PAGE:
Timothy Egan recently wrote a piece in The New York Times titled, “The 8-Second Attention Span.” It’s every bit as depressing as it sounds. Egan discussed how our incredibly connected world has made us incredibly inattentive people.
In the piece, Egan also includes the following, “A survey of Canadian media consumption by Microsoft concluded that the average attention span had fallen to eight seconds, down from 12 in the year 2000. We now have a shorter attention span than goldfish, the study found.” Here’s a free idea for a TV show: “Can you can pay attention longer than a goldfish?”
We’ve all seen it and many of us are guilty of it: reaching out to check our texts or emails fives minutes after doing just that, forever signing in and out of Facebook, that Instagram morning scroll before we’ve even got out of bed, etc. At every turn, we can seldom ever focus on the thing that we want to or ought to be doing. As Egan mentions, we see it everywhere from our news media to our politics. (I am also committing an attention-span crime here by writing a listicle so excuse the irony.)
As a remedy, among other things, Egan recommends deep reading and gardening. I will build up on that reading point in my own recommendations. As for gardening, if you live in a city, and are unable/unwilling to find a place to garden, that might not be for you. The following are my recommendations on improving your attention span:
1. Practice yoga/meditation
The physical benefits of yoga – strength, flexibility, injury protecting, etc. – are endless. But one of the other non-exercise related benefits of yoga is that it forces you to focus on your body in a way that few other physical exercises do. Running, for example, is another brain exercise that improves memory. But yoga is centered on attentiveness to each movement which forces focus. Moreover, the breathing in yoga also calls for a focus on each moment. Meditation works the same way. Try incorporating 15-20 minutes of either yoga or meditation in your morning. It’s better for you than the Instagram scroll.
2. Eat more “brain foods”
It’s a pity that food is still not perceived in many cultures as the primary way to prevent and fight disease. In American culture as far as I can observe, food is more about politics than nutrition. However, I digress. The thing about “brain foods” is that it’s mostly food you ordinarily should have in your diet: eggs, spinach, salmon, oatmeal, blueberries, etc. Unsurprisingly, eating healthy meals improves brain function overall. Food and nutrition scientists also recommend hydrating with water and tea for improved attention. (My other advice now that I’m on Day 90 of a refined sugar-free/ alcohol-free year? Reduce or give up sugar and alcohol completely for periods of time to improve concentration.)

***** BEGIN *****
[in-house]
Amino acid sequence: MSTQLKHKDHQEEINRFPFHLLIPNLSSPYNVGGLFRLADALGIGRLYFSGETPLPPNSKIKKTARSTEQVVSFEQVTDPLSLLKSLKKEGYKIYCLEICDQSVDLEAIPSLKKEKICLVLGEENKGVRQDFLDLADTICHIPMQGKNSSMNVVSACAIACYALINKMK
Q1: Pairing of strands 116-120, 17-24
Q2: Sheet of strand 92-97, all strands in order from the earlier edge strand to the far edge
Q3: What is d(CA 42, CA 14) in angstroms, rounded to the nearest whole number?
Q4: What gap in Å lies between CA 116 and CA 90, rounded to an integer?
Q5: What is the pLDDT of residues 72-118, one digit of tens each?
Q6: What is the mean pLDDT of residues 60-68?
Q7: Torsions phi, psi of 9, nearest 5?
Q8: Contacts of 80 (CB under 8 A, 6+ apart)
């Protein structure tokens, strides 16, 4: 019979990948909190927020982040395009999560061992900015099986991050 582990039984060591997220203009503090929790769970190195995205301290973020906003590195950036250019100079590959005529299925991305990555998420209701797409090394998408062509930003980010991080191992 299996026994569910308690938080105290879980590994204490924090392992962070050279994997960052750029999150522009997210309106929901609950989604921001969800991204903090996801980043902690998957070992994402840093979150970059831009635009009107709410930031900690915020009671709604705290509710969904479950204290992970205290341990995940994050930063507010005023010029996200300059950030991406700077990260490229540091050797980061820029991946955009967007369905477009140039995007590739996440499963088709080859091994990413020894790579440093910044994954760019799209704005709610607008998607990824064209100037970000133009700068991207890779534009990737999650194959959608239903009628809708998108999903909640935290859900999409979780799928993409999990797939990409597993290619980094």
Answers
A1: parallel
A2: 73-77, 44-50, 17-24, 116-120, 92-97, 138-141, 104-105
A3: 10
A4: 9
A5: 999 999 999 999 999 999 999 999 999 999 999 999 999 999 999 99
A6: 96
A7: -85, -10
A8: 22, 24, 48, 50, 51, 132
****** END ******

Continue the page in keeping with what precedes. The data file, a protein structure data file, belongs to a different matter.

3. Take up chess
As a child, my dad encouraged us to play chess. Sadly, I haven’t played much in adulthood but I’ve always loved the strategy involved in the game. More than that, playing chess teaches you patience and builds your ability to focus one complex activity. Some research has also shown that chess is used in improving the concentration of children who suffer from ADHD. Other benefits include that you’re training both sides of your brain, it builds self-esteem, and it also works as a therapeutic activity for mental and emotional health.
4. Play video games that improve your attention span
Video game enthusiasts rejoice! But not so fast because some researchers hypothesize that video games may adversely affect attention spans, and that there may even be a correlation between video games and ADHD. Still, there have been electronic games developed specifically for improving attention. Games like Dual-N-Back, “improves working memory (short term memory) and fluid intelligence.”
5. Timed reading before bed
Egan suggests “deep reading” in his piece. I agree. I also suggest timed reading before bed. Whether it’s 30 minutes or one hour, learn to focus on something non-electronic that also requires your awareness. Not only is this good for your attention span, it is good for your sleep as well. Of course, be weary of trying to “hurry” through the timed read. A habit I picked up in grad school that works when you’ve got hundreds of pages to go through each week, but is not ideal for reading for pleasure, is swift skimming/reading quickly. Doing this to improve your attention defeats the purpose. Absorbing your reading material without distractions will do wonders for your focus elsewhere.
6. Take digital breaks
Whether it’s leaving your phone and computer in another room for a day on the weekend, or going on a hiatus from social media for a period of time, or banning social media from your phone but allowing it while you’re on the computer, find a way to take breaks every so often. One singular digital break is very unlikely to be the life-changing activity you’re looking for, that will prevent your round-the-clock digital checking. It’s sort of like fasting or a cleanse. Just like you shouldn’t go into a fast or a cleanse expecting long-term weight loss, but rather a mental shift in your food consumption, digital breaks should give you a mental shift in your digital consumption.
7. Focus-assisting glasses
Did you know there are glasses that can help you focus? I didn’t until this morning when I told a co-worker I was writing on the subject. Narbis are apparently the digital generation’s solution to attention struggles. The device works with sensors that improve your brain power and focus by darkening when you daydream, while staying clear when you are attentive. Well, if technology got us into our attention span mess, I suppose it’s only fitting that there is a technological solution to our mess too.